The thermal conductance at solid-solid interfaces is becoming increasingly important in thermal considerations dealing with devices on nanometer length scales. Specifically, interdiffusion or mixing around the interface, which is generally ignored, must be taken into account when the characteristic lengths of the devices are on the order of the thickness of this mixing region. To study the effect of this interfacial mixing on thermal conductance, a series of Cr films is grown on Si substrates subject to various deposition conditions to control the growth around the boundary. The interfaces are characterized with Auger electron spectroscopy. The thermal boundary conductance is measured with the transient thermoreflectance technique. Values of are found to vary with both the thickness of the mixing region and the rate of compositional change in the mixing region. The effects of the varying mixing regions in each sample on are discussed, and the results are compared to the diffuse mismatch model (DMM) and the virtual crystal DMM (VCDMM), which takes into account the effects of a two-phase region of finite thickness around the interface on . An excellent agreement is shown between the measured and that predicted by the VCDMM for a change in thickness of the two-phase region around the interface.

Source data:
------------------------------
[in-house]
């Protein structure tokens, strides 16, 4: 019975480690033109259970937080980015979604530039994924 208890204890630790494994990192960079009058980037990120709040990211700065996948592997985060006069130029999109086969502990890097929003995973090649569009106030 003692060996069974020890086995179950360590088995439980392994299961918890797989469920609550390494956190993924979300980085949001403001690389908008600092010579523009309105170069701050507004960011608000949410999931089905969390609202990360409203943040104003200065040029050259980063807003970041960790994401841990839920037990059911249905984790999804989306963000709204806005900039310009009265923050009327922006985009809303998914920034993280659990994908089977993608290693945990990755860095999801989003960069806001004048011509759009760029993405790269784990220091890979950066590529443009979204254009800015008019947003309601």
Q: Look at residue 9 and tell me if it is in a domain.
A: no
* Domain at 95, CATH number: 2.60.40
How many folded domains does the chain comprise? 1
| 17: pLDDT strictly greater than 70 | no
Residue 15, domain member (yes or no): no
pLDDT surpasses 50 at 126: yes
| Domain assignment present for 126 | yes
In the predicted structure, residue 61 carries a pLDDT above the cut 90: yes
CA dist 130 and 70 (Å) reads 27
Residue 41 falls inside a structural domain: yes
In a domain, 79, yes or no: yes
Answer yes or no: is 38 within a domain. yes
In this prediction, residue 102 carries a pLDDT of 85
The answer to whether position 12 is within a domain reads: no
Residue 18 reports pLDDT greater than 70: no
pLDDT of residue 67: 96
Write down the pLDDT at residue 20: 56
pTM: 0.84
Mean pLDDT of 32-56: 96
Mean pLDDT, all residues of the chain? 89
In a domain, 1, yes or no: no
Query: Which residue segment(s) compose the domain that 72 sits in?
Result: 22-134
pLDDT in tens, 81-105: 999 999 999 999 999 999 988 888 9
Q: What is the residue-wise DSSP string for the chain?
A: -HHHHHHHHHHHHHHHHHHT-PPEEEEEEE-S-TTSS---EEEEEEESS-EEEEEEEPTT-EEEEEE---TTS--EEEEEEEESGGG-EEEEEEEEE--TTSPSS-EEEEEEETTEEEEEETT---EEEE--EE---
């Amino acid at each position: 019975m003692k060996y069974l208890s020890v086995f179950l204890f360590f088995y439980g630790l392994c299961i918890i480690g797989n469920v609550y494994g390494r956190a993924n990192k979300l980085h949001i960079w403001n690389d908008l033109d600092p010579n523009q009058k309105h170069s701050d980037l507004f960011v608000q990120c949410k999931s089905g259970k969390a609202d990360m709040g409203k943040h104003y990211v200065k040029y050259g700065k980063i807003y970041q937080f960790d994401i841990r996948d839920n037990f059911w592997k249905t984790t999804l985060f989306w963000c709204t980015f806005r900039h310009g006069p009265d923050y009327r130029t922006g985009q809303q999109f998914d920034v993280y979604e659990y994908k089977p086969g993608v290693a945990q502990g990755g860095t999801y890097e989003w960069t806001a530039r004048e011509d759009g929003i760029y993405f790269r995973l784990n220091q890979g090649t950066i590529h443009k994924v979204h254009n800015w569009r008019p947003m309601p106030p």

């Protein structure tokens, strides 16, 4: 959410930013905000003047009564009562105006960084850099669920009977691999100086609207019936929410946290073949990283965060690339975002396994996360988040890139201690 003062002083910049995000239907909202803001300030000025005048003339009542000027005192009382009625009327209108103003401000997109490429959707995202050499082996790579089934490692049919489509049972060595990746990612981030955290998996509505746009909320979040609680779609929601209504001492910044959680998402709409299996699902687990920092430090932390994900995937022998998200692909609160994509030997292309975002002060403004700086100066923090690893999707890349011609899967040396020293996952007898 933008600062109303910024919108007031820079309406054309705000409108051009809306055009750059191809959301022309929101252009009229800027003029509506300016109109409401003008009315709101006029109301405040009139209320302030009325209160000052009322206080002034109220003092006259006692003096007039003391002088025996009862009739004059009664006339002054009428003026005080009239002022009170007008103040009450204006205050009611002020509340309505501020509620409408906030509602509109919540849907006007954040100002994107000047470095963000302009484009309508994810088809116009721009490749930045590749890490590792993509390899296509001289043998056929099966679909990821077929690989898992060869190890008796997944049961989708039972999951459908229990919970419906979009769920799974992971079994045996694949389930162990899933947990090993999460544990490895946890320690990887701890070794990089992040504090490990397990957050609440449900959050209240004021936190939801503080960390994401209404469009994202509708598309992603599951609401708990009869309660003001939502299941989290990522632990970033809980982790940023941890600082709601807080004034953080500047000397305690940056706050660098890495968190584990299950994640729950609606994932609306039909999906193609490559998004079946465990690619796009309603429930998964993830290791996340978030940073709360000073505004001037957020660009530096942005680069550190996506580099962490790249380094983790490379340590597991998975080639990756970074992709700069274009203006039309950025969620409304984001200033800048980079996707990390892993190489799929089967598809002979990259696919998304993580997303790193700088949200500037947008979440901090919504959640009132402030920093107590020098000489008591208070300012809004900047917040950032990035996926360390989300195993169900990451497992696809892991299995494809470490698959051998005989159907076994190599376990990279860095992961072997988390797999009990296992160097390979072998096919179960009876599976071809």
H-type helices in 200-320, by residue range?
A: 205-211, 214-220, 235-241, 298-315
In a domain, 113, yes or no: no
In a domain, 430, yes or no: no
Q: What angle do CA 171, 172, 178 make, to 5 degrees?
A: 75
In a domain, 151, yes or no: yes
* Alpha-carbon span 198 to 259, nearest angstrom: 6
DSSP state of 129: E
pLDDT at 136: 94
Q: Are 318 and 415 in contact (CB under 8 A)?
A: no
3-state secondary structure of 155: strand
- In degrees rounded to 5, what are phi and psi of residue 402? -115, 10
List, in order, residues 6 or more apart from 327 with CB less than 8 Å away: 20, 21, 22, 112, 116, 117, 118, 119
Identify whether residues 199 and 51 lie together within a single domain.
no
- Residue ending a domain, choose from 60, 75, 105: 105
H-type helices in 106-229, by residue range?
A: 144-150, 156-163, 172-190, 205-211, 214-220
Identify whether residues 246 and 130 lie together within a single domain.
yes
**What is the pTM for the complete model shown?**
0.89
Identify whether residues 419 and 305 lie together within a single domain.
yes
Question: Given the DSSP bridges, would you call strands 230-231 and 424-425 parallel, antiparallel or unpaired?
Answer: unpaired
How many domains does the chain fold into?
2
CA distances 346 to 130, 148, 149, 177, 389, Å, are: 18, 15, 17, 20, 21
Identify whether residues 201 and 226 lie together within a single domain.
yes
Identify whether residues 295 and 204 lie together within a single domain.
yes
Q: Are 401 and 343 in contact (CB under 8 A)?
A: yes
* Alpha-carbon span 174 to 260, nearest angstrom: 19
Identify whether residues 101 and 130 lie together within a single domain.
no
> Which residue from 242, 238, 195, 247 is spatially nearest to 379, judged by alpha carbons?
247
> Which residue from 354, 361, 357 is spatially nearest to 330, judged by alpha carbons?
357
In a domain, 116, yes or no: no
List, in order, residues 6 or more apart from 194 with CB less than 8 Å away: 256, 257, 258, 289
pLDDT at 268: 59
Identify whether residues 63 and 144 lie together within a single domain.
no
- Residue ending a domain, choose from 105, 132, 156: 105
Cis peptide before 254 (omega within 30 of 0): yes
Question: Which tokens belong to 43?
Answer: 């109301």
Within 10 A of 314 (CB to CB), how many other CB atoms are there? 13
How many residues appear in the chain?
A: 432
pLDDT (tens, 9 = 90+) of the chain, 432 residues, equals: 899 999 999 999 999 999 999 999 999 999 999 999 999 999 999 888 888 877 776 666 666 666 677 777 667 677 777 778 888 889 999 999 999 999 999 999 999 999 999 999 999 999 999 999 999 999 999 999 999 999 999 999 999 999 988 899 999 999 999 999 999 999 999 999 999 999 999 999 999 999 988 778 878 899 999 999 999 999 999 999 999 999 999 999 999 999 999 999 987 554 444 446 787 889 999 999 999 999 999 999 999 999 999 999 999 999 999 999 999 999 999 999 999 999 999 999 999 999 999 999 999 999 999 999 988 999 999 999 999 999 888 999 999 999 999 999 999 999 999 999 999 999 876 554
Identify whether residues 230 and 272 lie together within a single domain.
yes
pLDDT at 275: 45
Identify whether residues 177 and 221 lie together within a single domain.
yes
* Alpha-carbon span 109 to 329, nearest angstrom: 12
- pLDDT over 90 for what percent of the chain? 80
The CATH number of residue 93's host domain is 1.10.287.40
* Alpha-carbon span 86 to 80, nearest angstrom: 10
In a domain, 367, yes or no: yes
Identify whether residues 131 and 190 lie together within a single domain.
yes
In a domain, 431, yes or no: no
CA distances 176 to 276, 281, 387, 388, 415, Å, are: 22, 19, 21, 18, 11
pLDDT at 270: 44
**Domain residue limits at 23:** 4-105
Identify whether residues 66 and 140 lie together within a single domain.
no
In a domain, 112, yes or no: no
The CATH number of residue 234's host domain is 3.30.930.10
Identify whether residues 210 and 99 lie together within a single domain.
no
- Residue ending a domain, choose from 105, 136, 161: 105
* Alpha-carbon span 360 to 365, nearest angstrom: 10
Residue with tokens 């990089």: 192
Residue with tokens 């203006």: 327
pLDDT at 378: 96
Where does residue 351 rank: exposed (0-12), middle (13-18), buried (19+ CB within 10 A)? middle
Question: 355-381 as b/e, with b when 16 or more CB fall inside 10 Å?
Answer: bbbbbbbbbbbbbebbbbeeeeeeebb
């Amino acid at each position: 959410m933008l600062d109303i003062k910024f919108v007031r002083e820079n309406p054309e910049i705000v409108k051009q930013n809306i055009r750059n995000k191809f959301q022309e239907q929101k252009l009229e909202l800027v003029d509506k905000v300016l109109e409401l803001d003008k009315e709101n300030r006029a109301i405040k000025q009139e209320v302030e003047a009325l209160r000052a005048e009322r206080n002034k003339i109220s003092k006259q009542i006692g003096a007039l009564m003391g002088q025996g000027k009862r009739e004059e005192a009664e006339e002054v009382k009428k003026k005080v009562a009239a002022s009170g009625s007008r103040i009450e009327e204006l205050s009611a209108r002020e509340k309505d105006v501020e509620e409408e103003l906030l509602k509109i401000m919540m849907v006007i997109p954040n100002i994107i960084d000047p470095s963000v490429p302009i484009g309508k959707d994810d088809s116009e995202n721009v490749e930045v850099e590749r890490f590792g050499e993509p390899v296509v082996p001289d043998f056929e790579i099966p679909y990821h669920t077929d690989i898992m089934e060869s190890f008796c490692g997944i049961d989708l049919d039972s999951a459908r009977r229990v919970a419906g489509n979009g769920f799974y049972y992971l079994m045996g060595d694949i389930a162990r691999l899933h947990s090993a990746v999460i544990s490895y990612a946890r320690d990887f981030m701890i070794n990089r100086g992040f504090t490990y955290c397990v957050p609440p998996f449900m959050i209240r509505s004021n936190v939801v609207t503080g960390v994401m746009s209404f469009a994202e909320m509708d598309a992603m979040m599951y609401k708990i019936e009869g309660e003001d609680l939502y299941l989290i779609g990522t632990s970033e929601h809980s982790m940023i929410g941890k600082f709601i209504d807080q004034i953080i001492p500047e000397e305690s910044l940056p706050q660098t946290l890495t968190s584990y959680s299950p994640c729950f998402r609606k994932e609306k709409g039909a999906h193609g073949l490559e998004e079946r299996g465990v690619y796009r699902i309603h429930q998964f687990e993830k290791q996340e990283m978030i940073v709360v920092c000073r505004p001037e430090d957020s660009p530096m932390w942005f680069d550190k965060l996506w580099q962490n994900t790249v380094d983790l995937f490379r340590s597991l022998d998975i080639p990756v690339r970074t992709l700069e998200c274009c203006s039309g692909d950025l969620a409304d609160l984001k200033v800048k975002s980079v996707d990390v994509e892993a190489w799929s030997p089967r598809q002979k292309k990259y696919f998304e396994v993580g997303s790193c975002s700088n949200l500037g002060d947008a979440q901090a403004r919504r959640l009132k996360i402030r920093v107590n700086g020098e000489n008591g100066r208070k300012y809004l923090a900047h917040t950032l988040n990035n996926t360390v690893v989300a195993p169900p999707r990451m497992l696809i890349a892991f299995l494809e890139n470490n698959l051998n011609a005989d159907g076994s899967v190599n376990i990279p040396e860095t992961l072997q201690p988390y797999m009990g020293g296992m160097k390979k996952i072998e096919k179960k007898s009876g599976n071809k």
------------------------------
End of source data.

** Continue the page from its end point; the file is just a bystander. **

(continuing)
Influence of Interfacial Mixing on Thermal Boundary Conductance Across a Chromium/Silicon Interface
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Hopkins, P. E., Norris, P. M., Stevens, R. J., Beechem, T. E., and Graham, S. (April 23, 2008). "Influence of Interfacial Mixing on Thermal Boundary Conductance Across a Chromium/Silicon Interface." ASME. J. Heat Transfer. June 2008; 130(6): 062402. https://doi.org/10.1115/1.2897344
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